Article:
Pence, GOP senators discuss offer to kill Trump emergency disapproval resolution

Vice President Pence is discussing an offer with Republican senators that could lead to the defeat of a Democratic resolution overturning President Trump’s emergency declaration to build a wall on the Mexican border, according to GOP sources briefed on the matter. 

Under the deal discussed between Pence and GOP senators, Trump would sign legislation reining in his power to declare future national emergencies if they defeat the resolution of disapproval.

Killing the resolution on the Republican-controlled Senate floor would spare the president a major embarrassment and avoid him having to issue the first veto of his presidency. 

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But there is some skepticism among GOP senators whether Trump will actually go through with it. And the plan is hurt by the fact that a bill to curb the president’s power to declare national emergencies won’t come to the Senate floor until after the March recess.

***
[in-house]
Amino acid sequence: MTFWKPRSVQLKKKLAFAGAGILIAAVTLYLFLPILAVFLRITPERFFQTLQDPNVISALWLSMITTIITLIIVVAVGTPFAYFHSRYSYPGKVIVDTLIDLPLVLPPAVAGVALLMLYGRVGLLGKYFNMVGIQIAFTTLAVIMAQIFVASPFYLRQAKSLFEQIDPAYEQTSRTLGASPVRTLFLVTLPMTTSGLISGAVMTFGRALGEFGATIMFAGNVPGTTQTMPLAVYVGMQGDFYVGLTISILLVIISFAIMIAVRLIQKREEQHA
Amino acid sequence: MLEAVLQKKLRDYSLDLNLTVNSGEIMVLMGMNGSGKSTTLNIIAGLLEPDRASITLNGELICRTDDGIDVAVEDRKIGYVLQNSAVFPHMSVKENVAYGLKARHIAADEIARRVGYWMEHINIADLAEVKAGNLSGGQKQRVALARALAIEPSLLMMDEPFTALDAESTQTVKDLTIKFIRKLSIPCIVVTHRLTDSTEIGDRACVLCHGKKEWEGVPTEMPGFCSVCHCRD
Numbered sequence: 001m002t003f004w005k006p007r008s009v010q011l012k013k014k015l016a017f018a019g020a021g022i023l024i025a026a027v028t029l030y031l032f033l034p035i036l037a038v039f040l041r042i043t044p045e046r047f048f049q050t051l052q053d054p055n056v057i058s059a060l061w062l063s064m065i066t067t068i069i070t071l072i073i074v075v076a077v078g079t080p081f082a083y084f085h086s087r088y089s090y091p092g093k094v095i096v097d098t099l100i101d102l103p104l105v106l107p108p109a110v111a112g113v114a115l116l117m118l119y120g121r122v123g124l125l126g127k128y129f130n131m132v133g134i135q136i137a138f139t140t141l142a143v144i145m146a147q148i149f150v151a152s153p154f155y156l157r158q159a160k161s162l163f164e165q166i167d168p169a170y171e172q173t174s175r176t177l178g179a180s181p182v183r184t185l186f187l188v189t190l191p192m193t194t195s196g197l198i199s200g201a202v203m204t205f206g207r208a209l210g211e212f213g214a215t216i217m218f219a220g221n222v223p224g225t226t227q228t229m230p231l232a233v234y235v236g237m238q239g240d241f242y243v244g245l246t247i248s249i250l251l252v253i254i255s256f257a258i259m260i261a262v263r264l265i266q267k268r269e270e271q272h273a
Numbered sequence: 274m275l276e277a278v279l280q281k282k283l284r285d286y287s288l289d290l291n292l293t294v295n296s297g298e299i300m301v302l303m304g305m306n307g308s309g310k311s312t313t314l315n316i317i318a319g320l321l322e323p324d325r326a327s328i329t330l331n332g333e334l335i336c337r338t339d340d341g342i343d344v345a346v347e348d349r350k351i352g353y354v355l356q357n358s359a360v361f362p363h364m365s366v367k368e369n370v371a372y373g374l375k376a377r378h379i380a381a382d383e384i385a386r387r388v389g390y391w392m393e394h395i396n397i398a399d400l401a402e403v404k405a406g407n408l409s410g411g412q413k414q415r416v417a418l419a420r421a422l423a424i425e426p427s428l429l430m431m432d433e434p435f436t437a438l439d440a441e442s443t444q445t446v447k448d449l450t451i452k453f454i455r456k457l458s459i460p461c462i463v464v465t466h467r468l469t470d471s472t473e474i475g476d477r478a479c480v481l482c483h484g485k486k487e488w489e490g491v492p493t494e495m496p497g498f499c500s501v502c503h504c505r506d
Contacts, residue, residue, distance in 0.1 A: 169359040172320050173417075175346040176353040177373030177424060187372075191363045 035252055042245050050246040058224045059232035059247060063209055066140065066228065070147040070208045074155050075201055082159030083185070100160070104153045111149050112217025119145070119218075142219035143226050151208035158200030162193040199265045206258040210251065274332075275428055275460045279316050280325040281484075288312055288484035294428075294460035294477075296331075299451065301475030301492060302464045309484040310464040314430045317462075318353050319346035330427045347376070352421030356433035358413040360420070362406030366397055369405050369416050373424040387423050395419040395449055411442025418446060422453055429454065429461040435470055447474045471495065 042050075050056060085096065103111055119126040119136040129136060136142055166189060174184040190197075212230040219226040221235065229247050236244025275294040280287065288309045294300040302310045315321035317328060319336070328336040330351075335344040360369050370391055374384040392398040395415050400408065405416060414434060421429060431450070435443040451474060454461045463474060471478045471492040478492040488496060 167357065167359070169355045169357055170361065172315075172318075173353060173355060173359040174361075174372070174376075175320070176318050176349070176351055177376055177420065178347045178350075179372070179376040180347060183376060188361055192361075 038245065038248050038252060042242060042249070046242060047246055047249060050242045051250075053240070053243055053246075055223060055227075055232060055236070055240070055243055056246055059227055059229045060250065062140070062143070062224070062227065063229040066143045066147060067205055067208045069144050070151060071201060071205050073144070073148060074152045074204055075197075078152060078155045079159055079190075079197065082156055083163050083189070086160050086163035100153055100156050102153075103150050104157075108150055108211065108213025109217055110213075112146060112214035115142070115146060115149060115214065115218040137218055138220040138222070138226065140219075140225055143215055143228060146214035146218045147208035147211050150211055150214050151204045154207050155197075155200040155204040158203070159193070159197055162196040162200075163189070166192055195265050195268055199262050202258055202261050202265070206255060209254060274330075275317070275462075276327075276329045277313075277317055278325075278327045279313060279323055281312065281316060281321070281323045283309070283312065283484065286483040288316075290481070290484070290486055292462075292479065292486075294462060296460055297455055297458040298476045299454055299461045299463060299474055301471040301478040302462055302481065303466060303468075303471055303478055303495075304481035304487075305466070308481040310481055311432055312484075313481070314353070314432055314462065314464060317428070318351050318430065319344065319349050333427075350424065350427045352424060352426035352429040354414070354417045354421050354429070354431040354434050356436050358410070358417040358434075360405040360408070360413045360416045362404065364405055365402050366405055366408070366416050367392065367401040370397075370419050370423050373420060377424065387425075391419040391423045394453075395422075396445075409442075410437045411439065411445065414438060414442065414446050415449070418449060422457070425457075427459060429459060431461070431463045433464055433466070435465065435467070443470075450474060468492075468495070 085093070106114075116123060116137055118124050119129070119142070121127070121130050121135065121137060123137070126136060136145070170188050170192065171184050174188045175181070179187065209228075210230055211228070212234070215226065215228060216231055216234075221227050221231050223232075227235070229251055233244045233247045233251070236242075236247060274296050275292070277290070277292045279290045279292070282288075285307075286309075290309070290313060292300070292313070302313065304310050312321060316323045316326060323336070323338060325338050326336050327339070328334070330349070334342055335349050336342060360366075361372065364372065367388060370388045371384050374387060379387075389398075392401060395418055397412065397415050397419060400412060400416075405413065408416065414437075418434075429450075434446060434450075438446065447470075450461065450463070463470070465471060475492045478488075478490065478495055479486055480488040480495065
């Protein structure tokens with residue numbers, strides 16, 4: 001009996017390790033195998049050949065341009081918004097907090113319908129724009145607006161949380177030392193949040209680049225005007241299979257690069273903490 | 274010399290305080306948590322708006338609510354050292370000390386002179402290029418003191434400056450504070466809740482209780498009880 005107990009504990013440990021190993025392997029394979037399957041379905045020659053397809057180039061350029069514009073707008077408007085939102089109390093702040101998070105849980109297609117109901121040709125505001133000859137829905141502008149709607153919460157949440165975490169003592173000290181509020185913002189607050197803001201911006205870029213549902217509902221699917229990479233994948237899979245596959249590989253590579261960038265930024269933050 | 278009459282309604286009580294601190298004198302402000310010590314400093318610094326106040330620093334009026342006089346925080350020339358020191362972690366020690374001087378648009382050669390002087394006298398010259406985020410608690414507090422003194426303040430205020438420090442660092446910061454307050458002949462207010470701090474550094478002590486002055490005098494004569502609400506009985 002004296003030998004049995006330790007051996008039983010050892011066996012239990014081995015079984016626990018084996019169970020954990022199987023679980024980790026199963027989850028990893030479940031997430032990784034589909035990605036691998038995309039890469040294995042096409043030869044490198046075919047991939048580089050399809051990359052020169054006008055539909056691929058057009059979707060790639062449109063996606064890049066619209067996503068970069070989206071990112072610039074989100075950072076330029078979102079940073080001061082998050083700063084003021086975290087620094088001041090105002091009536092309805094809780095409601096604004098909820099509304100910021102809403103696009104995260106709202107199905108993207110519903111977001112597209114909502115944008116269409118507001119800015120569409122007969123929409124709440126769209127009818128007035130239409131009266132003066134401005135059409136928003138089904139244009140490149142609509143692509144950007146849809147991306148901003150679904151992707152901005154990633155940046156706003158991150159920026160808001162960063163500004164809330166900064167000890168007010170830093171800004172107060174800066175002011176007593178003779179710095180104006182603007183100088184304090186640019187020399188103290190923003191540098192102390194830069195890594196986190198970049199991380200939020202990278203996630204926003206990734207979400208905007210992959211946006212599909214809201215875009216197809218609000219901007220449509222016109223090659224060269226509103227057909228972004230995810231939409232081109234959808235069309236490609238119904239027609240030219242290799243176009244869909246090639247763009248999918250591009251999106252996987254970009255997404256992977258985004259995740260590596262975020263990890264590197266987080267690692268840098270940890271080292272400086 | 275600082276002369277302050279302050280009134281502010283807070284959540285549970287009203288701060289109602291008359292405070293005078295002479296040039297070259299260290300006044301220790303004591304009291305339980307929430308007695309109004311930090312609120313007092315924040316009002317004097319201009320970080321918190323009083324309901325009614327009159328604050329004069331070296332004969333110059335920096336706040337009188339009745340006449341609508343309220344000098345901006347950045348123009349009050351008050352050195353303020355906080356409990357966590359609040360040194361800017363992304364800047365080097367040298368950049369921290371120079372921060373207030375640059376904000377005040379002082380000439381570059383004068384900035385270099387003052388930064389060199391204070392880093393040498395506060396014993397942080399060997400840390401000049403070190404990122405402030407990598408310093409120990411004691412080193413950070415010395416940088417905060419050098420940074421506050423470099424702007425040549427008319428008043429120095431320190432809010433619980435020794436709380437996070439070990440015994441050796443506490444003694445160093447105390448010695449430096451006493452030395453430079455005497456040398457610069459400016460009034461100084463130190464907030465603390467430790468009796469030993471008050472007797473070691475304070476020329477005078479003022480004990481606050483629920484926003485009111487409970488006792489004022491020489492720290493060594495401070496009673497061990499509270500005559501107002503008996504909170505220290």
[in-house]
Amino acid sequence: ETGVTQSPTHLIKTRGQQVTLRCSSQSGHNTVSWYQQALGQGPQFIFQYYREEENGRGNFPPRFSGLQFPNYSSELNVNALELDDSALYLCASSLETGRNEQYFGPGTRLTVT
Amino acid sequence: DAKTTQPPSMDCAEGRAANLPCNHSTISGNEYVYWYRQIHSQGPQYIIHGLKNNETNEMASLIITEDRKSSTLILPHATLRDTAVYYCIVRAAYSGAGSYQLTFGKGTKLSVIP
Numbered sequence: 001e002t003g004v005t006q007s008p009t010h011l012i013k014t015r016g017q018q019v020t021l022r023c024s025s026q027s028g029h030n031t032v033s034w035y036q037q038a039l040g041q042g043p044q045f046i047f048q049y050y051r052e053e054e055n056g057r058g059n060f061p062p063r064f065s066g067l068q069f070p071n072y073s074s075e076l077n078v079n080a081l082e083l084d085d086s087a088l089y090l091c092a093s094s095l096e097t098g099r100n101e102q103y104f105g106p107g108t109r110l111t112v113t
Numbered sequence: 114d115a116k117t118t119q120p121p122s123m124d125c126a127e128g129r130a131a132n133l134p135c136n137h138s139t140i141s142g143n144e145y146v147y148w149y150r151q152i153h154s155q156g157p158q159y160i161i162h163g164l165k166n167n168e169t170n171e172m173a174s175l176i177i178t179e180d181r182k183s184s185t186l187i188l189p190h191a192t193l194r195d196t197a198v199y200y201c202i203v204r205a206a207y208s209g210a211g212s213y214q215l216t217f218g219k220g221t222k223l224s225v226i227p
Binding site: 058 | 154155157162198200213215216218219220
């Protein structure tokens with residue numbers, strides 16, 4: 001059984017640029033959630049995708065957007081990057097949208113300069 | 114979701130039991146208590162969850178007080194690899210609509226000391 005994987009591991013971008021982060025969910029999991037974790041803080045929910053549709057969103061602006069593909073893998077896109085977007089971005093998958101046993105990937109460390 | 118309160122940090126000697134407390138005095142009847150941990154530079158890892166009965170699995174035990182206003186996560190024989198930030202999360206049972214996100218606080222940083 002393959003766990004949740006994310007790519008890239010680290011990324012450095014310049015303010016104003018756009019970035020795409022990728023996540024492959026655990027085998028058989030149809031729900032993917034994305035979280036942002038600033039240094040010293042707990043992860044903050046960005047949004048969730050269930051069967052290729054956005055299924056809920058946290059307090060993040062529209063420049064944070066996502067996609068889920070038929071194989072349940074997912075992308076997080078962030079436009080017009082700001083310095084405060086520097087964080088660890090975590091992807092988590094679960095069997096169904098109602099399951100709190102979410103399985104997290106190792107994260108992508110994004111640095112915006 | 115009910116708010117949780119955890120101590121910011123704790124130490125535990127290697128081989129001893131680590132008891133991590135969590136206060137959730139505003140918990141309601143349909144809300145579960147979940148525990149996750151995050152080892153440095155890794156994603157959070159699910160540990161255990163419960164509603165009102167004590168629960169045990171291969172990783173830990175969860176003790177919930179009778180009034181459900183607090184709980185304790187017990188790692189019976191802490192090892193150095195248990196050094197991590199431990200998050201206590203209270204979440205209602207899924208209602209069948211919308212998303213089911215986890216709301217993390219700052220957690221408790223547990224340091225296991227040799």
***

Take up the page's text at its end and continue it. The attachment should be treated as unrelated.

Pence met Tuesday with a group of Republicans, including Sen. Mike LeeMichael (Mike) Shumway LeeHillicon Valley: Google delays cutting off Huawei | GOP senators split over breaking up big tech | Report finds DNC lagging behind RNC on cybersecurity GOP senators split over antitrust remedies for big tech Fix the climate with smaller families MORE (R-Utah), the sponsor of legislation to curb the president’s national emergency declaration power, as well as Sens. Thom TillisThomas (Thom) Roland TillisCollins offering bill to boost battery research as GOP pushes energy 'innovation' Lawmakers call for investigation after census hired registered sex offender Dem Senate campaign arm hits GOP lawmakers over Trump tax law MORE (R-N.C.), Pat ToomeyPatrick (Pat) Joseph ToomeyOvernight Defense: Pick for South Korean envoy splits with Trump on nuclear threat | McCain blasts move to suspend Korean military exercises | White House defends Trump salute of North Korean general WH backpedals on Trump's 'due process' remark on guns Top GOP candidate drops out of Ohio Senate race MORE (R-Pa.), Rob PortmanRobert (Rob) Jones PortmanThe Hill's Morning Report - White House, Congress: Urgency of now around budget WANTED: A Republican with courage Companies warn Trump trade war is about to hit consumers MORE (R-Ohio) and Lamar AlexanderAndrew (Lamar) Lamar AlexanderCollins offering bill to boost battery research as GOP pushes energy 'innovation' Senate chairman says bipartisan health care package coming Thursday It's time for Republicans to lead (again) on climate MORE (R-Tenn.). Lee’s measure would require Congress to vote to extend a national emergency declaration after a period of 30 days.